• Check in frequently. Make a concerted effort to speak with someone in your office daily. Whether this is your manager, mentor or colleague — this will help retain a sense of belonging.
  • Create more opportunities for 1:1s. This doesn’t need to be the typical manager/employee scenario. Encourage more off-line conversations as well.
  • Acknowledge uncertainties. Life is stressful now. Hiding our concerns about life and work, will only exacerbate issues.
  • Grieve what has changed. Letting your team commiserate on how work life has changed is a healthy discussion to begin now.
  • Identify what we can control. With instability, comes the need to discuss what we can control. This includes how we process our own experiences. Explore avenues to help yourself (and other) do this.


  • Visit your home office. Even if you are fully enjoying your remote work life, make plans to visit your home office as time and travel allow. If you are already feeling disconnected and you are within a reasonable distance, get there once a week. If possible, attend meetings that reinforce how you — and your work — fit into the larger picture.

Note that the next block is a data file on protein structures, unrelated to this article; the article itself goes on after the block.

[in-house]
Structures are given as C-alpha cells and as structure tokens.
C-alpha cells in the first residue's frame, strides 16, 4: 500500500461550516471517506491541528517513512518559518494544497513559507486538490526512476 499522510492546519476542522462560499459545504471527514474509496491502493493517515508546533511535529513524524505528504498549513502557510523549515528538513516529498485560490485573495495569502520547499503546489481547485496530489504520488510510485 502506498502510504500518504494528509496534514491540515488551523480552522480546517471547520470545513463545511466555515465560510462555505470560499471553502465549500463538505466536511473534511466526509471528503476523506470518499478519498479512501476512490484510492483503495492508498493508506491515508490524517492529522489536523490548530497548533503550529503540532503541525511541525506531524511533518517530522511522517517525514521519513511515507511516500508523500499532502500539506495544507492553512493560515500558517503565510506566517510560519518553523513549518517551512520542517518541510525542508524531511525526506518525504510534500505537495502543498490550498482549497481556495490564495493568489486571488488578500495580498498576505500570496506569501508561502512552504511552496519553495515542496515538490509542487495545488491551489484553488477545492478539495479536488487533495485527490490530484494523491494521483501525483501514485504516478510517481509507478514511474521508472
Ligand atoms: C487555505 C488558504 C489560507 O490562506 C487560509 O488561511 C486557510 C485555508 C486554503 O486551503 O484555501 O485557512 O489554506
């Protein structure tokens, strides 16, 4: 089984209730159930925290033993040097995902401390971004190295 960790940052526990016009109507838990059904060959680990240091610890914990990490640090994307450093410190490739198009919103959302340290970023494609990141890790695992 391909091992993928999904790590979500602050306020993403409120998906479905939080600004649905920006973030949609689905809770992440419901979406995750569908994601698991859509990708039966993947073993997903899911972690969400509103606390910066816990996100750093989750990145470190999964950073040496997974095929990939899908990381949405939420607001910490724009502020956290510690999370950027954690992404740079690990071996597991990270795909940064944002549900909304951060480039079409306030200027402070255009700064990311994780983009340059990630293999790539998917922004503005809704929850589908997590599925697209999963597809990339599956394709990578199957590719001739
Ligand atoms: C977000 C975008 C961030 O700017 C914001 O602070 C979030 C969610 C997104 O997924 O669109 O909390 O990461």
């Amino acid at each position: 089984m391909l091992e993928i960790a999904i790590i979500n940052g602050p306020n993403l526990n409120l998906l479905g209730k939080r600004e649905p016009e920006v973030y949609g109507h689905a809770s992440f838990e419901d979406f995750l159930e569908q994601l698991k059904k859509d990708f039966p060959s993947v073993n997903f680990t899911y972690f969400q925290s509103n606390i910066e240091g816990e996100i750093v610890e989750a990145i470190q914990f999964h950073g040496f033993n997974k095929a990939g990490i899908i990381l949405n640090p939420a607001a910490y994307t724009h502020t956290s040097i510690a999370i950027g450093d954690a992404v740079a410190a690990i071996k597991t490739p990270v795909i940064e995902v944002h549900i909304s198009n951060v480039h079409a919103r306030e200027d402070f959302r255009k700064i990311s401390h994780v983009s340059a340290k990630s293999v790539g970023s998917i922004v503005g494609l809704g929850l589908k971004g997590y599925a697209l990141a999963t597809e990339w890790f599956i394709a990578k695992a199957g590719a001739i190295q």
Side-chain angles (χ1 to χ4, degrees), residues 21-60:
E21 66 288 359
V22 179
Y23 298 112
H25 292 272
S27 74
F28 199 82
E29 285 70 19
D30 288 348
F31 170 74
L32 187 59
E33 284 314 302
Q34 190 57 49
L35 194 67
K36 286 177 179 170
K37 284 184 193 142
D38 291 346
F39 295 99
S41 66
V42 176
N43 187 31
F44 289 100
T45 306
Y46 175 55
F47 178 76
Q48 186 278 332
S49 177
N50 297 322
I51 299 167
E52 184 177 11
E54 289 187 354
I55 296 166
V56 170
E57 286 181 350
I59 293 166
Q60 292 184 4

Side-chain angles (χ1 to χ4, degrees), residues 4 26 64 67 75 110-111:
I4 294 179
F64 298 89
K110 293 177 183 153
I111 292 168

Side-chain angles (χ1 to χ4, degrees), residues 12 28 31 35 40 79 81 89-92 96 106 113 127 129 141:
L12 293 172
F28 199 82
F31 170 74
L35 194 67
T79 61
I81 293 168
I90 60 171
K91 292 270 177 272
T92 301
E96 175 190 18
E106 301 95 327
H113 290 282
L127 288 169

• Facilitate “on-site” sabbaticals. If you are affiliated full-time, you might consider spending a couple of weeks a year at the home office. Beyond the challenge of organizing proper a work space, this could allow far-flung colleagues to interact in-person for an extended period of time. This could do wonders for both team-building and strategy concerns.
  • Join a co-working space. Co-working is the perfect solution if you miss the “goings on” of office life. Most cities have at least a couple to choose from, so visit them and get a sense of the vibe. Sites such as WeWork and the Bond Collective, cater to those who need a place to land for work & meetings.
  • Schedule “meet-ups”. With differences in location and time zones, in can be difficult to get on the same schedule as your home office. This limits communication and the feeling of being connected. Identify a time of day, when you know you can intersect “time-wise” and speak — and hopefully a ritual will develop.